OLD Media Moves

Assessing the performance of business journalism isn't that simple

October 15, 2008

Dean Starkman, writing for the Columbia Journalism Review, argues that there are many business journalists who have been sounding the alarm about the problems in the housing market and on Wall Street before the economic turmoil, but that assessing the business media’s performance is more complicated than finding the negative stories in archives.

Dean StarkmanStarkman writes, “This isn’t about individuals, after all, but news organizations and the business press as an institution. Any fair measure of press performance will have to take some measure of the record in its entirety. What was the business-press narrative about, generally speaking? What else was written about Wall Street and the financial-services industry? Who was on the covers?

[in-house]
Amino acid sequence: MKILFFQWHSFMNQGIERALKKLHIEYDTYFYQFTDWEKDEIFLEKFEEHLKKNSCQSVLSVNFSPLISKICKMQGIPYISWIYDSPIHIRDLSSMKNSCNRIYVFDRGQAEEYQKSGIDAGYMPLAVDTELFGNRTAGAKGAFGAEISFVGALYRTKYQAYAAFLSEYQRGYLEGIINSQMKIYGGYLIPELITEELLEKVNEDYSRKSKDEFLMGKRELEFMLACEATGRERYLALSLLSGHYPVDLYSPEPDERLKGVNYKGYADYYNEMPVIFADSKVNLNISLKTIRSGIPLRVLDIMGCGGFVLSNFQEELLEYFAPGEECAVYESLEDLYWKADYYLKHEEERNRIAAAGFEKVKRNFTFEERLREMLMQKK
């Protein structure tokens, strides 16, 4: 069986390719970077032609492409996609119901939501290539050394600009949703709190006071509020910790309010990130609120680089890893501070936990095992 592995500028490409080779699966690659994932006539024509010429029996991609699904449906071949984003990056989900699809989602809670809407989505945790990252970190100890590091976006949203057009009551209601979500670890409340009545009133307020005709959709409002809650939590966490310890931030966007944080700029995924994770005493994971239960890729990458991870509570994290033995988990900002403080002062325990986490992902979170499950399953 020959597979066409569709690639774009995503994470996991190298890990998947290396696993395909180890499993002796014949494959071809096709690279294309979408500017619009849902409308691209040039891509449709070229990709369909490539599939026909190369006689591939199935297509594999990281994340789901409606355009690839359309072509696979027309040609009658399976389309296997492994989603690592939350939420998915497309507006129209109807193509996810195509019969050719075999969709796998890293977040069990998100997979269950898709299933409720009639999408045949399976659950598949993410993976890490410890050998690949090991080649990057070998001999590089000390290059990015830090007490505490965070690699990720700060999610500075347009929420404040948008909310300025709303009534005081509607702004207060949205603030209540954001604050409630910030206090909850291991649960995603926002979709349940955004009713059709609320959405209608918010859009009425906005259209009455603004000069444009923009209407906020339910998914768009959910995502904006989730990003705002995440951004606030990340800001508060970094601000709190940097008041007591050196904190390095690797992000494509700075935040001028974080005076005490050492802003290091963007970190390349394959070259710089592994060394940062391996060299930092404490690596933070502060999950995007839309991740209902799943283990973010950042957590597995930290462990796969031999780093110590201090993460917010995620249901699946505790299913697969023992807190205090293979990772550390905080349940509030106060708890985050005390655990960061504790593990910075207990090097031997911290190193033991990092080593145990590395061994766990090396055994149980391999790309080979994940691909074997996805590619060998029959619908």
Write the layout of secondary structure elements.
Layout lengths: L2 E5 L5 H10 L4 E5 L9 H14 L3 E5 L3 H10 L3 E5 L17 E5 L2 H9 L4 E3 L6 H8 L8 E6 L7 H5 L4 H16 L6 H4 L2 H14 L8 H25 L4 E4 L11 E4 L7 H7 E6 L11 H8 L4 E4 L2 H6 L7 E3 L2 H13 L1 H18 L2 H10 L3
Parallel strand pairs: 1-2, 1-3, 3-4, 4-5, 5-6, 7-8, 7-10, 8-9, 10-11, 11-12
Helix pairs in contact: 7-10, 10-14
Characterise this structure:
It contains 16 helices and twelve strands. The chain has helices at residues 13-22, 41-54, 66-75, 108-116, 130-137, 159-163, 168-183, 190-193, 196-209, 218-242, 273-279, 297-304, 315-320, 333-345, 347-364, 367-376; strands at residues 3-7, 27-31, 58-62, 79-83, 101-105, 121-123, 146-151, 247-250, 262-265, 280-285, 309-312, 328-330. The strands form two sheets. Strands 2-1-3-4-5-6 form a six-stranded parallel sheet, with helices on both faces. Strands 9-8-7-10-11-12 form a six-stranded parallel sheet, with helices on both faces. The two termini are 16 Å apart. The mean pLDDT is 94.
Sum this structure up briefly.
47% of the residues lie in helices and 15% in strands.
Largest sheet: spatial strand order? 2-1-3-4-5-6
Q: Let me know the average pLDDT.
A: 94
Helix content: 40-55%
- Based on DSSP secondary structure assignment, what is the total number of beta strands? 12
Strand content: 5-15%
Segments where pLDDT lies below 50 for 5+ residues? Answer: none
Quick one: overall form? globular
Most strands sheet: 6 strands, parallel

“Were the good stories the rule or the exception that proves it?

“It will also be important to reconstruct the news cultures created by senior editorial leadership, which, it should not be doubted, sets the tone and sends the unspoken-but-unmistakable message to reporters as to what kind of stories are in favor and which are not. If you don’t think this is important, you haven’t worked at one of these places. We’ll never know what wasn’t done. There will be no list, for instance, of goats, the mid-level types who responded to unspoken signals from above and sat on valuable stories, kicked away ideas, and shied away from confrontation.

“And, I’d argue, if you’re really going to do this right, a fair assessment will also have to take into account what was in the available public record and match that—keeping in mind the benefit of hindsight—against the priorities adopted by the leading news outlets.”

Read more here. Starkman argues that the public record on unfair lending practices has been out there, but business journalism wasn’t that aggressive in covering the issue.

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